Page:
At the same time, Ashok Leyland is aggressively expanding its product portfolio in the LCV segments to become a full range CV player. The company has launched the Guru ICV and Partner LCV and plans to launch a new LCV product every quarter, going forward, Vinod Dasari, managing director, Ashok Leyland told Autocar Professional last year. Ashok Leyland currently has only one product, the Dost, in the small commercial vehicle space. Launched in September 2011, it currently clocks sales of around 2,500 units a month. Independently, it may be a good figure but not significant in the overall LCV market that sells over 20,000 units a month.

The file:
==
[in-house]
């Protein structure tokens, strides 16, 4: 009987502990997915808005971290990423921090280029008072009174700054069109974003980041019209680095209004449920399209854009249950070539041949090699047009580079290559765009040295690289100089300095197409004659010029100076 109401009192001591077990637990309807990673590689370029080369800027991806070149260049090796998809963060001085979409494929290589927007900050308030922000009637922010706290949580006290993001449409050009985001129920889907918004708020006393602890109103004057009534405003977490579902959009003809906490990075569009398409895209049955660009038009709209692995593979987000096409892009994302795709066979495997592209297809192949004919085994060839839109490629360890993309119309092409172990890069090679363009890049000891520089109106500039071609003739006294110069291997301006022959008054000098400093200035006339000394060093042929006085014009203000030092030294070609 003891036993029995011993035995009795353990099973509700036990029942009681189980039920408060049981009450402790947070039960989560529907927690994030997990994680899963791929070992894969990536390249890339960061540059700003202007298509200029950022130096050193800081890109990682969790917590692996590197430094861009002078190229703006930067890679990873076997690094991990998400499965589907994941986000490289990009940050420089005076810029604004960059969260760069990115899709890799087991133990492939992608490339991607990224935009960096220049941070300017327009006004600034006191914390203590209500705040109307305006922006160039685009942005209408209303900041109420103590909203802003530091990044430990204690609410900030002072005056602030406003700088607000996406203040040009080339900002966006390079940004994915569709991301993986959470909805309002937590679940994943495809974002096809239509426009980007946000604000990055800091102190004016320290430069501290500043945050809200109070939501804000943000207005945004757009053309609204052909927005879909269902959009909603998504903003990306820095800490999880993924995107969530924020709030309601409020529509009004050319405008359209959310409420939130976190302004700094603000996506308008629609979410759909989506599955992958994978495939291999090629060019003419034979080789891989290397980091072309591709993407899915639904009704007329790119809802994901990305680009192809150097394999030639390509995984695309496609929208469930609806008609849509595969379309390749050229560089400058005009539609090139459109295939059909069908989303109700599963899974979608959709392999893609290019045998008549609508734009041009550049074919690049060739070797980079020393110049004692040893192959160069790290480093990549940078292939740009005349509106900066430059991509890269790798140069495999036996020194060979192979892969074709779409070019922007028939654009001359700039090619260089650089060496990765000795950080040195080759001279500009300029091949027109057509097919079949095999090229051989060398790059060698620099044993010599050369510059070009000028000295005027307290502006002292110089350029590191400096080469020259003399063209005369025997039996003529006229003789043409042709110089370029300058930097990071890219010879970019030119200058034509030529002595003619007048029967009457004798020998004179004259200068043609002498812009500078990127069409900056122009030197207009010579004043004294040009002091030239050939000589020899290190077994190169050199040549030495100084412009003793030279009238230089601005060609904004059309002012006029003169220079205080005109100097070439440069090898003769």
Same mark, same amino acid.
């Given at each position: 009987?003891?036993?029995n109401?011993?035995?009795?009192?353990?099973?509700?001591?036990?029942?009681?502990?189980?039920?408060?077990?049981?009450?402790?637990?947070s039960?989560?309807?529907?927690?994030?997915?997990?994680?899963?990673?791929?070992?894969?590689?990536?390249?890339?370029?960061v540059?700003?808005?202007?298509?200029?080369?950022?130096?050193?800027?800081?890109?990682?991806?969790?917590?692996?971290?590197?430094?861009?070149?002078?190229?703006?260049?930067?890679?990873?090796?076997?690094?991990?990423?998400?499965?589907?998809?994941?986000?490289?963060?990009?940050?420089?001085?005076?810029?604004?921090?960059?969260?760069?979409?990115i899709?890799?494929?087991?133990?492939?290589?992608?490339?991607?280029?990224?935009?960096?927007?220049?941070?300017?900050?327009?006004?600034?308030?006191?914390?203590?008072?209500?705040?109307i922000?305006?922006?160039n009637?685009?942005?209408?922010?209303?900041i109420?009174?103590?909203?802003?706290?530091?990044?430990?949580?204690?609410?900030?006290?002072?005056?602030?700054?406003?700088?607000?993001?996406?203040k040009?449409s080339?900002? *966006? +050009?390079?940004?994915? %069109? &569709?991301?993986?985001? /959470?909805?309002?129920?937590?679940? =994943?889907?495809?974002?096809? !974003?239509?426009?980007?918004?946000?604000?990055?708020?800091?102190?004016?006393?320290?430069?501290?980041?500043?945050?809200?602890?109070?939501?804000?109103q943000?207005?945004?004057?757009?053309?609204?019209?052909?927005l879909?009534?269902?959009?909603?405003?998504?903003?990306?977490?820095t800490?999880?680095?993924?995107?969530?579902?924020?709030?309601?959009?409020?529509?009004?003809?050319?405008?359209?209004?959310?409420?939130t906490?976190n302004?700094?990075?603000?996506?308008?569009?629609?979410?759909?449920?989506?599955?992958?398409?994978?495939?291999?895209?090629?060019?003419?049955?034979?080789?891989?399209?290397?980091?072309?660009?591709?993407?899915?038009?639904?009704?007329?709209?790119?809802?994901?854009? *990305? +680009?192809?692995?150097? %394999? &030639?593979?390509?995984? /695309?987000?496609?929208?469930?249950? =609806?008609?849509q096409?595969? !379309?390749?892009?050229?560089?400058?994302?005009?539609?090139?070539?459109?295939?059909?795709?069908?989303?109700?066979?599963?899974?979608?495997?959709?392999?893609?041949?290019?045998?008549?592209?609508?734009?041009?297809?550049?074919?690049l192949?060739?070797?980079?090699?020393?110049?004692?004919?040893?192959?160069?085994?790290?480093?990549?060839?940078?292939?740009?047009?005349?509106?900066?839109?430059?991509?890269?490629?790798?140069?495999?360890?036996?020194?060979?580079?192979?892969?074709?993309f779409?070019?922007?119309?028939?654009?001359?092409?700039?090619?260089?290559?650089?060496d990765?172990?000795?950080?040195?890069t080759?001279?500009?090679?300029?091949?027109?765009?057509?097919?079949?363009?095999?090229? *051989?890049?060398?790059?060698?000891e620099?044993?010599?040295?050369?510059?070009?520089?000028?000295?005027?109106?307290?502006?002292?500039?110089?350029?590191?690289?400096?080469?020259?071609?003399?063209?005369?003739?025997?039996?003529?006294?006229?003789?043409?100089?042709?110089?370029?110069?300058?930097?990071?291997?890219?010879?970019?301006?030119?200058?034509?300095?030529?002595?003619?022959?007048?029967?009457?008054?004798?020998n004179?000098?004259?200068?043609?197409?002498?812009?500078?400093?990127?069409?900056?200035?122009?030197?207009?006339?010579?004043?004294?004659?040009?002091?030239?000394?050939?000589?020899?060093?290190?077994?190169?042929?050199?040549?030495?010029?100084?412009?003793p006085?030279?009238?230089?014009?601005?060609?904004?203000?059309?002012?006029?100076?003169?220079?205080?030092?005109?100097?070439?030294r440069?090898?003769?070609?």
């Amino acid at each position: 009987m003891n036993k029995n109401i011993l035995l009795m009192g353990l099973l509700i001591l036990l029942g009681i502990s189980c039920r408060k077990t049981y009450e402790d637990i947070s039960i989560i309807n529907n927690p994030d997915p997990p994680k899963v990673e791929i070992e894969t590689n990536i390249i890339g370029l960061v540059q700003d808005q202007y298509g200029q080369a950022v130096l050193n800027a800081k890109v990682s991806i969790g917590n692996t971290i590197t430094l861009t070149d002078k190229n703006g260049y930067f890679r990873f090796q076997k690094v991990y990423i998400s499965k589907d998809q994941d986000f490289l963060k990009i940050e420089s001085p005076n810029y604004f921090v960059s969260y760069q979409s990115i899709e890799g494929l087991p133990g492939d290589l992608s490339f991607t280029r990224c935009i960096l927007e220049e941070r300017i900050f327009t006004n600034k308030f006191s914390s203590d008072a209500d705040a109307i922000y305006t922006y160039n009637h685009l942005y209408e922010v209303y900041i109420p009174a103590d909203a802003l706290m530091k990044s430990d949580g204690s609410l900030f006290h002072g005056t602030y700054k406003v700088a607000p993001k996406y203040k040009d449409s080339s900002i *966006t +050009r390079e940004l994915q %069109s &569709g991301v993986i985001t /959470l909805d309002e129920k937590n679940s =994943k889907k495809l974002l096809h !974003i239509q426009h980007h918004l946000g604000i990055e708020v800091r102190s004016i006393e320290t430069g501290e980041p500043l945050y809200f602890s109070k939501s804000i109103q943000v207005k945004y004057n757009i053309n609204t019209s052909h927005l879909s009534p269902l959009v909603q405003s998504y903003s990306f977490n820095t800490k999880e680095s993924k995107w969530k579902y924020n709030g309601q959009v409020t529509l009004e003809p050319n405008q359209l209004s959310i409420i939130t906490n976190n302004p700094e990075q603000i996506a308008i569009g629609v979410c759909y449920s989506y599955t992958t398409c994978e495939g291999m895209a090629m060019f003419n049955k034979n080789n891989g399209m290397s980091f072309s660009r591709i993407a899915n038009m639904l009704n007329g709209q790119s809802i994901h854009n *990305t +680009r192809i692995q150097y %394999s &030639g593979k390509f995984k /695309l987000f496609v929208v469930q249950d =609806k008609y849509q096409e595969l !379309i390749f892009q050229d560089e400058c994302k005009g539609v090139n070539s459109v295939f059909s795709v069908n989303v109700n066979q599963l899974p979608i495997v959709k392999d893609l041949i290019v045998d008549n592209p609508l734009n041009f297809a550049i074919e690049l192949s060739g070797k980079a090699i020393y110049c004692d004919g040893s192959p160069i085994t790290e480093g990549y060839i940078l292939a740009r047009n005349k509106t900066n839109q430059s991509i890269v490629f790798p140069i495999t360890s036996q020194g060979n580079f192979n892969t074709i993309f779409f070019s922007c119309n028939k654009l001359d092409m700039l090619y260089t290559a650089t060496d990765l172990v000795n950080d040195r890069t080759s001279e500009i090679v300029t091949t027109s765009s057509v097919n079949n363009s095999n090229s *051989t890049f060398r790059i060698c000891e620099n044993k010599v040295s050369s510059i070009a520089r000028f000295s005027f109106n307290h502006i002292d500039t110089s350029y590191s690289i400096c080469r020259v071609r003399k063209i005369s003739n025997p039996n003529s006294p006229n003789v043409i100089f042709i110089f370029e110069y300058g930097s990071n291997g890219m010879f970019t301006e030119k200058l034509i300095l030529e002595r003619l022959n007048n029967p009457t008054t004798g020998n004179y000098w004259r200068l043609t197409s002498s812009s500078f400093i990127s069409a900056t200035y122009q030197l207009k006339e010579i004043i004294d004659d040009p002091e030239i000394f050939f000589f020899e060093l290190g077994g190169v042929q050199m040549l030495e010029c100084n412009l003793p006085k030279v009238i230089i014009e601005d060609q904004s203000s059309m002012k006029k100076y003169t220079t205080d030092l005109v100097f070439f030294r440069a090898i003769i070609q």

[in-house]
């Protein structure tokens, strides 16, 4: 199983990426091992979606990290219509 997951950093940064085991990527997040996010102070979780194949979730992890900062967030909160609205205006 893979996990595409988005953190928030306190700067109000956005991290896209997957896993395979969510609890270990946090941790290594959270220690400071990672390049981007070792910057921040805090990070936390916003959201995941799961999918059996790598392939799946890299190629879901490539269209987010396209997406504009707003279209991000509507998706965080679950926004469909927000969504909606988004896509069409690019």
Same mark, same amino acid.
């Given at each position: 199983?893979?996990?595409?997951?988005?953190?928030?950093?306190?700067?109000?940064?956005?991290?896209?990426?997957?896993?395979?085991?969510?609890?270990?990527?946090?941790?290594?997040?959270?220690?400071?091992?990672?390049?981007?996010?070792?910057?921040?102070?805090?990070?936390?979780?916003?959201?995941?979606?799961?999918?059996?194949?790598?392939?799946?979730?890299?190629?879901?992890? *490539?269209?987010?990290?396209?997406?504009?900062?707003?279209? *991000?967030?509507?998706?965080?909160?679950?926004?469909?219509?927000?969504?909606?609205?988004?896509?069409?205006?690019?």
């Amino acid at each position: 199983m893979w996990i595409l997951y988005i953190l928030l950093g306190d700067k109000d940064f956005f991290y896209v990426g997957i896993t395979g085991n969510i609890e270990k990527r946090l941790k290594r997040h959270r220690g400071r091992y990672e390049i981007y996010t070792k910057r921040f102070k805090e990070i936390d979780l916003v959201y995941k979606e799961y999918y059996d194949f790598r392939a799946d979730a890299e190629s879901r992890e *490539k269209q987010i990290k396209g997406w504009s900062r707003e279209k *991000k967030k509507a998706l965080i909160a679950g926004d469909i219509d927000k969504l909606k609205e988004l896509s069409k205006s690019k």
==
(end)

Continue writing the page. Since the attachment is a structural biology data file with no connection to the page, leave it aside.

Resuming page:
In the April-August 2017 in the overall CV market which saw total sales of 1,16,073 units, Tata Motors has garnered a market share of 42.03 percent. Ashok Leyland with 47,682 units has a market share of 17.27 percent.
In the M&HCV passenger carrier segment, there is a strong battle underway and backed by its strong bus portfolio, Ashok Leyland edges out Tata Motors. While Ashok Leyland has total bus sales of 5,432 units and a market share of 37.16 percent, Tata Motors with sales of 5,212 units has a market share of 35.66 percent.
However, in the key M&HCV goods carrier segment, Tata Motors maintains its leadership with with sales of 42,491 units and a market share of 51.21 percent. Ashok Leyland though continues to perform well with 28,083 unit sales and cornering a market share of 33.84 percent.
As the economy improves and the HCV sector sees a sustained uptick in sales, the battle between these two heavyweights in the CV world is going to turn even more exciting. Stay tuned.